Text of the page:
Chinese farm developing facial recognition technology for goats

Phoebe Zhang, South China Morning Post

Posted at Nov 12 2021 01:47 PM

A farm in eastern China is developing a new facial recognition system — not for its staff, but for its goats.
The Shanghai-based Vert City Farm has been working on the system since 2019 and is expected to put it into use next year, using security cameras installed on the farm to watch over the goats, according to an article from the Shanghai Chongming district government website.

Huang Zhen, the chairman of the farm’s board, told local news portal The Paper that the cameras are designed to recognise each goat’s characteristics, including their behaviour, body shape and exercise patterns, as well as being able to tell some goats apart by their features.

“The cameras can also recognise symptoms of diseases, including sore mouth and diarrhoea. It uses infrared to measure their body temperature and would alert the farm vets if a goat’s temperature rises above 40 degrees Celsius,” he said.

At the same time, facial recognition can avoid inbreeding among the goats, as the system records breeding activity. It can also tell whether a goat is pregnant and help vets prepare.

Currently, about 1,000 goats have had chips implanted to allow artificial intelligence to learn about their behaviour and to test computer prediction models, the Chongming government said.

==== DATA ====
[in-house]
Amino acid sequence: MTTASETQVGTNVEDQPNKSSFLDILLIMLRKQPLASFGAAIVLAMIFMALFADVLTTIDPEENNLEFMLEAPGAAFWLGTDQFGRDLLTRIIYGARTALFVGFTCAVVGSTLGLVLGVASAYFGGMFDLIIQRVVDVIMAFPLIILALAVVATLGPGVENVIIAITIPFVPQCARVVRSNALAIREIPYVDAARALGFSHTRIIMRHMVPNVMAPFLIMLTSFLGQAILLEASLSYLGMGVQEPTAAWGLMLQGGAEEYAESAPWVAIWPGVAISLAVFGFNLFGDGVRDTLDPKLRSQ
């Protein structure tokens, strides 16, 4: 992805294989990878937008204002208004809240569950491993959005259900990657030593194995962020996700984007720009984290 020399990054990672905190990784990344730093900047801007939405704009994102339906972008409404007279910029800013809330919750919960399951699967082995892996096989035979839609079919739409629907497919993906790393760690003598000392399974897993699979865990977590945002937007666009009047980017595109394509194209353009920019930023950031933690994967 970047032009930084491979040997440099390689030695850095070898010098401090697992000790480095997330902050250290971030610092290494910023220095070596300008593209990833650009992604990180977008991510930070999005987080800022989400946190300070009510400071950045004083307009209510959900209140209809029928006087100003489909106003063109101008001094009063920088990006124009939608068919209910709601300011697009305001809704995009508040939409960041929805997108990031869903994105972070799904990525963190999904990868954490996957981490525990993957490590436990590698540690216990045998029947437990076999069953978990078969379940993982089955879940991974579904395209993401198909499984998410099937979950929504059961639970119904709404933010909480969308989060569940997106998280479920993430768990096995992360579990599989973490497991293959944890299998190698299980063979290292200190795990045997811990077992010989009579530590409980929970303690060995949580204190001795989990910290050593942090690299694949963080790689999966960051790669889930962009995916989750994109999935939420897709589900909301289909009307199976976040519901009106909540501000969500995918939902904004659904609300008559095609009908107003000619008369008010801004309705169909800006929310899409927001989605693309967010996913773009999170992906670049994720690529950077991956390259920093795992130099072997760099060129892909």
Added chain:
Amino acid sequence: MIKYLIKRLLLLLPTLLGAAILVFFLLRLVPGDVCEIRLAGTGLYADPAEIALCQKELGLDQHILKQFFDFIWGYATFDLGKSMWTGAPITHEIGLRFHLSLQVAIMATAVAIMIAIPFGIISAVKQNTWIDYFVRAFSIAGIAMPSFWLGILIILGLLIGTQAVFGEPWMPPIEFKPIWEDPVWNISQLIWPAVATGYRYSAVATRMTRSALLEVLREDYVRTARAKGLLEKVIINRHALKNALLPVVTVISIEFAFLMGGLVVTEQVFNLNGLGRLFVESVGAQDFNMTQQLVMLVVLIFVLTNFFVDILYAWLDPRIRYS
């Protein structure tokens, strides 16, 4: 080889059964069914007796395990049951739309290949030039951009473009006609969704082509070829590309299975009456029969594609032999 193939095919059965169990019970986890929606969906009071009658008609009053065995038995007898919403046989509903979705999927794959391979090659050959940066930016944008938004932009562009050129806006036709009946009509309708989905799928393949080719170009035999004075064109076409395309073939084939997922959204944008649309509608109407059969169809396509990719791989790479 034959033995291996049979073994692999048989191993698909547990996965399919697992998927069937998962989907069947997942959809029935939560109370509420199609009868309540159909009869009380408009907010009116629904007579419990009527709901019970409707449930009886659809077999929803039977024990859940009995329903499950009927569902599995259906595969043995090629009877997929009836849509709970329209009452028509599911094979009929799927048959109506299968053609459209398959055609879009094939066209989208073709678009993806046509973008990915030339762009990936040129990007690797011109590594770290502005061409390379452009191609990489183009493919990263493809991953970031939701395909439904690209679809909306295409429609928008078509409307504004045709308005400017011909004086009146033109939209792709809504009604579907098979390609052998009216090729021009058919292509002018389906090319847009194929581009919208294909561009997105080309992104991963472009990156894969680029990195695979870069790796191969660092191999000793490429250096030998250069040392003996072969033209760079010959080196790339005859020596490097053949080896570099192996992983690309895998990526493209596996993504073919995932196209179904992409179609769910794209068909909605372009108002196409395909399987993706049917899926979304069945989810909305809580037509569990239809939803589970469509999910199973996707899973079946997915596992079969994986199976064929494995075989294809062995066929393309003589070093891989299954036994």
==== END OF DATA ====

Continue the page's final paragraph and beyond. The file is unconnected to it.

The system is gathering data and learning how to determine whether a goat has symptoms of diarrhoea or when a goat is ready for breeding based on pictures and videos. In the future, Huang said he hopes the system can even make projections on each goat’s weight based on their diet and growth.

It can also reduce staff work loads. Currently, the managers and vets at the farm need to patrol several times a day to observe the goats’ health. But with the facial recognition technology, managers can receive updates on their phone, Huang said.

Facial recognition technology is employed frequently in China to monitor people at airports, recognise traffic violations, and even catch criminals at concerts. However, facial recognition for animals is still at an early stage of development.

Earlier this year, a research team from the Northwest University in Xian developed facial recognition for monkeys to identify thousands of Sichuan golden snub-nosed monkeys in the Qinling Mountain in Shaanxi province, central China.

It extracts facial feature information from the monkey to establish their identity against a database of the individual monkeys, Xinhua reported.

Currently, the experimental system can identify about 200 golden monkeys in the Qinling Mountain, which aids conservation efforts.